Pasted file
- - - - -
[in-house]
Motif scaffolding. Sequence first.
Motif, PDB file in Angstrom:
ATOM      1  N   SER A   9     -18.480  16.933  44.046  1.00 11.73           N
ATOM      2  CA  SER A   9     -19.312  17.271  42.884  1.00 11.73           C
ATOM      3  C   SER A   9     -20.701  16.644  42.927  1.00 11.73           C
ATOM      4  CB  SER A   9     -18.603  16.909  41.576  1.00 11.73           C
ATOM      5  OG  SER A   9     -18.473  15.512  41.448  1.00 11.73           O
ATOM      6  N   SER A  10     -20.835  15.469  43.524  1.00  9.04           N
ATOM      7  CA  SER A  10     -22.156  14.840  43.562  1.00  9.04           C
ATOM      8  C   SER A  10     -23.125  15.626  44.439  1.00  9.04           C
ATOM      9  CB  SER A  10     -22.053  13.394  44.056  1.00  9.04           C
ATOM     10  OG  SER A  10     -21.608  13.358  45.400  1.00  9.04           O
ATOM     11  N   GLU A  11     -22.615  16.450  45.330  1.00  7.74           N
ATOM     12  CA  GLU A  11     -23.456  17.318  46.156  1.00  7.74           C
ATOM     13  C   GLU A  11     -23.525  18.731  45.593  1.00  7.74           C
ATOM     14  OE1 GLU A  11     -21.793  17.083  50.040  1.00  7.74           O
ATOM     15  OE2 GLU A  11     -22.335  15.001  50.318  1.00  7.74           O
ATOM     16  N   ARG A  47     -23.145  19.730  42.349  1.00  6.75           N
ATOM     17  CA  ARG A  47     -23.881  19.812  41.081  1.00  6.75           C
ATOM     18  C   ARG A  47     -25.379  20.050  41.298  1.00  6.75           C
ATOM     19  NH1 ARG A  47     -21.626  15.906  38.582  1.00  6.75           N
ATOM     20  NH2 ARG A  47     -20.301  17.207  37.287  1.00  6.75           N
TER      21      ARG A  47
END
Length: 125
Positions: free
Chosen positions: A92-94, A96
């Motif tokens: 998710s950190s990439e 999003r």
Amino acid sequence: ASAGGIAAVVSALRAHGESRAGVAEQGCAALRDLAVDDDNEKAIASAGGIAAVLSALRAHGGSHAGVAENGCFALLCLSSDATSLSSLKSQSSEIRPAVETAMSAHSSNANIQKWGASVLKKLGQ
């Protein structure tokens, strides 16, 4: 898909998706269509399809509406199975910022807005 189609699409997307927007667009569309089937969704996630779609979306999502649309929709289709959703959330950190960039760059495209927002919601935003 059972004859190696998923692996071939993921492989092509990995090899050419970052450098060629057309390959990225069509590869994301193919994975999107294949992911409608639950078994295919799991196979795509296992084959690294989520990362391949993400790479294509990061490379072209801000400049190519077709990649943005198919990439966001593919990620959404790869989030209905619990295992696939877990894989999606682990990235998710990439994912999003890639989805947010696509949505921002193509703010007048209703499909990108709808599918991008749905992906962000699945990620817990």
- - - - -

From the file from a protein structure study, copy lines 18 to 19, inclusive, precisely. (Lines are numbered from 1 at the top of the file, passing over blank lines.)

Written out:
ATOM     15  OE2 GLU A  11     -22.335  15.001  50.318  1.00  7.74           O
ATOM     16  N   ARG A  47     -23.145  19.730  42.349  1.00  6.75           N